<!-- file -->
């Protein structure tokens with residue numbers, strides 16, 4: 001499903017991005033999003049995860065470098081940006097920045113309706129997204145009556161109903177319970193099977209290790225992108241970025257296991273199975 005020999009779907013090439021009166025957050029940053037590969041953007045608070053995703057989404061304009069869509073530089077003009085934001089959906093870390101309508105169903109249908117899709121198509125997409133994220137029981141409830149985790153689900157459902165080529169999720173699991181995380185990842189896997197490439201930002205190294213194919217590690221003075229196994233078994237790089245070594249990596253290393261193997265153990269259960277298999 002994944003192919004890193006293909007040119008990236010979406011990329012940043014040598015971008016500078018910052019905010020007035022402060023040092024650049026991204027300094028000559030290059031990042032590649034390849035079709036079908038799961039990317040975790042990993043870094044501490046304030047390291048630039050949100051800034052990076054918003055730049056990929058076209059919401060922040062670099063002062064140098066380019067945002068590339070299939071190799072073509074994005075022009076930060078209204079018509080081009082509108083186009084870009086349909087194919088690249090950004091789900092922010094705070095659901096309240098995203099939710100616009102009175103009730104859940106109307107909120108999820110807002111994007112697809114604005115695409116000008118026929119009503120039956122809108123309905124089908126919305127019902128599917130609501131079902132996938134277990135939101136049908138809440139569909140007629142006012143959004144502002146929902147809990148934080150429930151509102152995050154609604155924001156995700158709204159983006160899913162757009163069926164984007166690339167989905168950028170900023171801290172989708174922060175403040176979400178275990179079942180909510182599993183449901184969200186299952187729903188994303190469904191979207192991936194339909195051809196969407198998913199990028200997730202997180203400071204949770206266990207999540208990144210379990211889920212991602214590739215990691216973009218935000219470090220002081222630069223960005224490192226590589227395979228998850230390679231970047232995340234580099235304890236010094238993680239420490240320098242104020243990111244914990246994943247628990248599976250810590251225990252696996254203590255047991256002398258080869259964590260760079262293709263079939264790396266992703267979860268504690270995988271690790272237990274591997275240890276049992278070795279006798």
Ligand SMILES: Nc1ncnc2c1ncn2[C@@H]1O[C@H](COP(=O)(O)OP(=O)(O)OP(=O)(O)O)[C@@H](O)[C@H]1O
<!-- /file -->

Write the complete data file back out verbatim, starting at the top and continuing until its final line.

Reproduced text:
């Protein structure tokens with residue numbers, strides 16, 4: 001499903017991005033999003049995860065470098081940006097920045113309706129997204145009556161109903177319970193099977209290790225992108241970025257296991273199975 005020999009779907013090439021009166025957050029940053037590969041953007045608070053995703057989404061304009069869509073530089077003009085934001089959906093870390101309508105169903109249908117899709121198509125997409133994220137029981141409830149985790153689900157459902165080529169999720173699991181995380185990842189896997197490439201930002205190294213194919217590690221003075229196994233078994237790089245070594249990596253290393261193997265153990269259960277298999 002994944003192919004890193006293909007040119008990236010979406011990329012940043014040598015971008016500078018910052019905010020007035022402060023040092024650049026991204027300094028000559030290059031990042032590649034390849035079709036079908038799961039990317040975790042990993043870094044501490046304030047390291048630039050949100051800034052990076054918003055730049056990929058076209059919401060922040062670099063002062064140098066380019067945002068590339070299939071190799072073509074994005075022009076930060078209204079018509080081009082509108083186009084870009086349909087194919088690249090950004091789900092922010094705070095659901096309240098995203099939710100616009102009175103009730104859940106109307107909120108999820110807002111994007112697809114604005115695409116000008118026929119009503120039956122809108123309905124089908126919305127019902128599917130609501131079902132996938134277990135939101136049908138809440139569909140007629142006012143959004144502002146929902147809990148934080150429930151509102152995050154609604155924001156995700158709204159983006160899913162757009163069926164984007166690339167989905168950028170900023171801290172989708174922060175403040176979400178275990179079942180909510182599993183449901184969200186299952187729903188994303190469904191979207192991936194339909195051809196969407198998913199990028200997730202997180203400071204949770206266990207999540208990144210379990211889920212991602214590739215990691216973009218935000219470090220002081222630069223960005224490192226590589227395979228998850230390679231970047232995340234580099235304890236010094238993680239420490240320098242104020243990111244914990246994943247628990248599976250810590251225990252696996254203590255047991256002398258080869259964590260760079262293709263079939264790396266992703267979860268504690270995988271690790272237990274591997275240890276049992278070795279006798």
Ligand SMILES: Nc1ncnc2c1ncn2[C@@H]1O[C@H](COP(=O)(O)OP(=O)(O)OP(=O)(O)O)[C@@H](O)[C@H]1O